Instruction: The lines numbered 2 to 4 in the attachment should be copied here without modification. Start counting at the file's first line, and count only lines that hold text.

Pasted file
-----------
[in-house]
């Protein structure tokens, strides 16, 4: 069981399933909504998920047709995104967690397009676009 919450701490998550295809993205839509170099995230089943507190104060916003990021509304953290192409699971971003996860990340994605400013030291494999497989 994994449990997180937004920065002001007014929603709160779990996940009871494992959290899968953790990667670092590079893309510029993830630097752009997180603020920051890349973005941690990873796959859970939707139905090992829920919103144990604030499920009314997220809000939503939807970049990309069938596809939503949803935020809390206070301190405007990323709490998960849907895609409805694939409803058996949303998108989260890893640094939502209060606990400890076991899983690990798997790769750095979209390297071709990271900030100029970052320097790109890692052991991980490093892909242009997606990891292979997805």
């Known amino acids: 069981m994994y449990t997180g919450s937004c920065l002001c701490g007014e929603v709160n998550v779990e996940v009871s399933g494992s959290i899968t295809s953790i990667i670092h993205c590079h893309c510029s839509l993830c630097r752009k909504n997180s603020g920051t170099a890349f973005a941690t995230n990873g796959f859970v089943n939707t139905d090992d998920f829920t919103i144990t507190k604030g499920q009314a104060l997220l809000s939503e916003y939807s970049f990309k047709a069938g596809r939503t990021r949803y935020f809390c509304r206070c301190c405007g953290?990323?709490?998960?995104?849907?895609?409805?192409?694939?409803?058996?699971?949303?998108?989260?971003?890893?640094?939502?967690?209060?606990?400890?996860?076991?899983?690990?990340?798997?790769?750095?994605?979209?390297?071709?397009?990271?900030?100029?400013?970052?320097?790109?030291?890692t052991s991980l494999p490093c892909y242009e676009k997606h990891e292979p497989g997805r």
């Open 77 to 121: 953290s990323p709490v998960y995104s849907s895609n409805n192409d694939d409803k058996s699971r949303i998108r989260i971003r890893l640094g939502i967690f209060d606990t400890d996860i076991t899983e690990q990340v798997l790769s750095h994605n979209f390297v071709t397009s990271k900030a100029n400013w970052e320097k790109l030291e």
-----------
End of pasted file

């Protein structure tokens, strides 16, 4: 069981399933909504998920047709995104967690397009676009 919450701490998550295809993205839509170099995230089943507190104060916003990021509304953290192409699971971003996860990340994605400013030291494999497989 994994449990997180937004920065002001007014929603709160779990996940009871494992959290899968953790990667670092590079893309510029993830630097752009997180603020920051890349973005941690990873796959859970939707139905090992829920919103144990604030499920009314997220809000939503939807970049990309069938596809939503949803935020809390206070301190405007990323709490998960849907895609409805694939409803058996949303998108989260890893640094939502209060606990400890076991899983690990798997790769750095979209390297071709990271900030100029970052320097790109890692052991991980490093892909242009997606990891292979997805």
């Known amino acids: 069981m994994y449990t997180g919450s937004c920065l002001c701490g007014e929603v709160n998550v779990e996940v009871s399933g494992s959290i899968t295809s953790i990667i670092h993205c590079h893309c510029s839509l993830c630097r752009k909504n997180s603020g920051t170099a890349f973005a941690t995230n990873g796959f859970v089943n939707t139905d090992d998920f829920t919103i144990t507190k604030g499920q009314a104060l997220l809000s939503e916003y939807s970049f990309k047709a069938g596809r939503t990021r949803y935020f809390c509304r206070c301190c405007g953290?990323?709490?998960?995104?849907?895609?409805?192409?694939?409803?058996?699971?949303?998108?989260?971003?890893?640094?939502?967690?209060?606990?400890?996860?076991?899983?690990?990340?798997?790769?750095?994605?979209?390297?071709?397009?990271?900030?100029?400013?970052?320097?790109?030291?890692t052991s991980l494999p490093c892909y242009e676009k997606h990891e292979p497989g997805r």
């Open 77 to 121: 953290s990323p709490v998960y995104s849907s895609n409805n192409d694939d409803k058996s699971r949303i998108r989260i971003r890893l640094g939502i967690f209060d606990t400890d996860i076991t899983e690990q990340v798997l790769s750095h994605n979209f390297v071709t397009s990271k900030a100029n400013w970052e320097k790109l030291e």